Subsequently, historians conjectured that the first Jews arrived in Armenia shortly after the destruction of the first Holy Temple in Jerusalem.[28] They lived relatively peacefully alongside the Armenian Christians and continue to do so, with anti-Semitic incidents being a rarity.[28] Many immigrated to Israel following the establishment of the State of Israel in 1948,[28] and 2002 estimations place the number of ethnic Jews living in Armenia at below 1,000.[29]

Economic relations[edit]

Since independence, Armenia has received support from Israel and today remains one of its major trade partners. According to the CIA World Factbook, Armenia receives 4.8% of its imports from Israel while Israel receives 7.1% of Armenia's exports.[30]

Diplomatic relations[edit]

Israel and Armenia have maintained diplomatic relations since the latter's independence from the Soviet Union in 1992.[1] From 1993 to 2007, the Armenian embassy to Israel was located in Georgia, though Tsolak Momjian was appointed as Honorary Consul of Armenia in Jerusalem in 1996.[1] The embassy was eventually moved to Jerusalem.[1]

There have been several high-level official visits to Israel by Armenians in the last several years. In January 2000, former Armenian President Robert Kocharyan traveled to Israel and met with high-ranking Israeli officials, including former Israeli Prime Minister Ehud Barak. The two sides pledged to strengthen relations and signed agreements on health and bilateral investment.[31] In 2003, the Catholicos of All Armenian Karekin II visited Chief Rabbi of Israel Yona Metzger who accepted an invitation by Karekin to visit Armenia.[32]

High-level visits and meetings
Date Location Note
December 1994 Israel Armenian Minister of Forign Affairs Vahan Papazian visits[1]
February 1995 Israel President Robert Kocharyan of the Republic of Armenia visits[1]
October 1998 Israel Armenian Minister of Forign Affairs Vardan Oskanian visits[1]
January 2000 Jerusalem Armenian President Robert Kocharyan meets with Israeli Prime Minister Ehud Barak, President Ezer Weizman, Speaker of the Knesset Avraham Burg, Minister of Interior Natan Sharansky, and Mayor of Jerusalem Ehud Olmert[1][33]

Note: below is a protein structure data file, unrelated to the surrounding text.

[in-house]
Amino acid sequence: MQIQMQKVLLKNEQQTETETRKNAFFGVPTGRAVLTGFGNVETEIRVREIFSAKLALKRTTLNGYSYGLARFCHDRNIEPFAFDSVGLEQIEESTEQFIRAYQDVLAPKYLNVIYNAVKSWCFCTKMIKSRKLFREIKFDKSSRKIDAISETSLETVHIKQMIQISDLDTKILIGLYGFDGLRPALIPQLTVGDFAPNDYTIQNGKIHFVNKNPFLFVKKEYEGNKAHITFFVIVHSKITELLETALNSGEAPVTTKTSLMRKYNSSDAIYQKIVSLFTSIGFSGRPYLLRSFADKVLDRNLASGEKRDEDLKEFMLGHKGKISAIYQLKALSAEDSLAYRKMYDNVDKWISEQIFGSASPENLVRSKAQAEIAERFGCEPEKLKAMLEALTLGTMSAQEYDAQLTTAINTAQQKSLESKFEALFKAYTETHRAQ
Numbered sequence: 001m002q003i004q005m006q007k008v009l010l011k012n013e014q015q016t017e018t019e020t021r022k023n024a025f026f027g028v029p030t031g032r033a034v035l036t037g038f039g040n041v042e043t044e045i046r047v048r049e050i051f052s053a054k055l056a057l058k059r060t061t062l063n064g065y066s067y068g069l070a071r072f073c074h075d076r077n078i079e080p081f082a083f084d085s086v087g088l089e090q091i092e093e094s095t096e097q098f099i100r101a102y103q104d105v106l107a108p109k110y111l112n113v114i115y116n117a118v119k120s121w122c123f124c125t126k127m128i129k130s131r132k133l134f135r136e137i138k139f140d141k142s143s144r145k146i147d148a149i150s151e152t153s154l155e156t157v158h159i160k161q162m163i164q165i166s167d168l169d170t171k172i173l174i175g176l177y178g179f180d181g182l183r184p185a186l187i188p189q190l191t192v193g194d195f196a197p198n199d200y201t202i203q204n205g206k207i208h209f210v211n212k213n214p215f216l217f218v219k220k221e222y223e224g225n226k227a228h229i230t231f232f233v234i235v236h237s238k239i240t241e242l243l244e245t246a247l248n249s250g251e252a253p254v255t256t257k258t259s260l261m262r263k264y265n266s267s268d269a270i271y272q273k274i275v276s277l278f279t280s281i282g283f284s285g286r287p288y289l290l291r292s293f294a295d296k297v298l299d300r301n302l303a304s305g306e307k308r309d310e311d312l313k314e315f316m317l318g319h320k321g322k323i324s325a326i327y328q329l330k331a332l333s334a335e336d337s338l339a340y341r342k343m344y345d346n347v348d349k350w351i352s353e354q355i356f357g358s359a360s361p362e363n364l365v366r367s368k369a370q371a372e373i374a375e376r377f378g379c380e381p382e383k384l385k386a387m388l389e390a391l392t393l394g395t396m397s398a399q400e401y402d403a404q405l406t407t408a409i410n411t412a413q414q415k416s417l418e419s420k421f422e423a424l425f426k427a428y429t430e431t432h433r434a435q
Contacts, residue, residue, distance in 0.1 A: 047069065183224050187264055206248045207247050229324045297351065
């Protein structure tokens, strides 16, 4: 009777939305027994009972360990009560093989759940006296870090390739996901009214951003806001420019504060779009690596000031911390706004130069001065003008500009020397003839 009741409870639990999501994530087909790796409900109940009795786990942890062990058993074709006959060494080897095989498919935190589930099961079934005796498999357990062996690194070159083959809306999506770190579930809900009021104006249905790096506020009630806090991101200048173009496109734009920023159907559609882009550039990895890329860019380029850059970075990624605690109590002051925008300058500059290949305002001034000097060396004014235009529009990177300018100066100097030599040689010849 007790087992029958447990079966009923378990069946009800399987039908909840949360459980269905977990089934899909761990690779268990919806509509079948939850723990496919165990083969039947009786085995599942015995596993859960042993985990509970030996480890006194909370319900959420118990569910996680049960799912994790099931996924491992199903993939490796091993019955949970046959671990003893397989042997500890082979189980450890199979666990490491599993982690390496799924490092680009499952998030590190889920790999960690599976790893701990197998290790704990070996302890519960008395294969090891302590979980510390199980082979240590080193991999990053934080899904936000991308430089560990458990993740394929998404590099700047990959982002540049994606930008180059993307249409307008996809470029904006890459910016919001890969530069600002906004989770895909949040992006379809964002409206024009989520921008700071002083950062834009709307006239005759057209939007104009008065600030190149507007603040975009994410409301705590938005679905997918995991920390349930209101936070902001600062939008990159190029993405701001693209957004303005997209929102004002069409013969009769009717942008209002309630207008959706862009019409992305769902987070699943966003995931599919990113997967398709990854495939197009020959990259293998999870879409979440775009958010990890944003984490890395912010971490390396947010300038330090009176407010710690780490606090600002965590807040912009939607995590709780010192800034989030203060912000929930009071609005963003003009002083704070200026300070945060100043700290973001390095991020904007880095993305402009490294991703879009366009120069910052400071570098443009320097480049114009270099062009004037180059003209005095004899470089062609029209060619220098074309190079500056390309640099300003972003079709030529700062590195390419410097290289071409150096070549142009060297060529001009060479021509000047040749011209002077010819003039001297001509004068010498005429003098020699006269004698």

November 2005 Yerevan Israel's chief rabbi Yona Metzger visits Armenia and declares that the Israeli Jewish community recognizes the Armenian Genocide[34]
August 2011 Yerevan Israeli diplomats headed by Foreign Ministry official Pinchas Avivi and Armenian diplomats headed by Deputy Foreign Minister Arman Kirakosian meet to discuss the relationship between their countries[35]
April 2012 Yerevan Israeli Agriculture Minister Orit Noked meets with Armenian Prime Minister Tigran Sargsyan and Agriculture Minister Sergo Karapetian[36]
July 2013 Yerevan Armenian President Serzh Sargsyan meets with Yair Auron, an Israeli historian who specializes in genocide studies[37]

Holocaust and Armenian genocide[edit]

Armenian Theological Seminary on April 24, Armenian Remembrance Day in Israel.
President Yitzhak Ben-Zvi with the leader of the Armenian Church in 1958

Yad Vashem, the Holocaust Memorial in Israel, has paid tribute to 10 Armenians as Righteous Among the Nations for risking their lives during the Holocaust to rescue Jews. However, Israel has yet to recognize the Armenian Genocide, and the Armenian community in Jerusalem has vocalized that it believes this is due to fear of jeopardizing diplomatic relations with Turkey.[11] It is suggested by Yair Auron that Israel doesn't want to hurt its relations with Turkey and wants to retain the "uniqueness" of the Holocaust.[38] Recognition of the genocide became a subject of debate in the years following Armenia's independence, with Israeli politicians, rabbis, and the country's Armenian community calling on Israel to formally do so. At the same time, Turkey has warned of harming ties with Israel if Israel or the United States recognizes the killings as genocide.[39] As of 2008, there has been an ongoing debate regarding recognition in the Knesset with Turkey lobbying hard to prevent it.[40] According to The Jerusalem Post, "many Israelis are eager for their country to recognize the genocide".[41]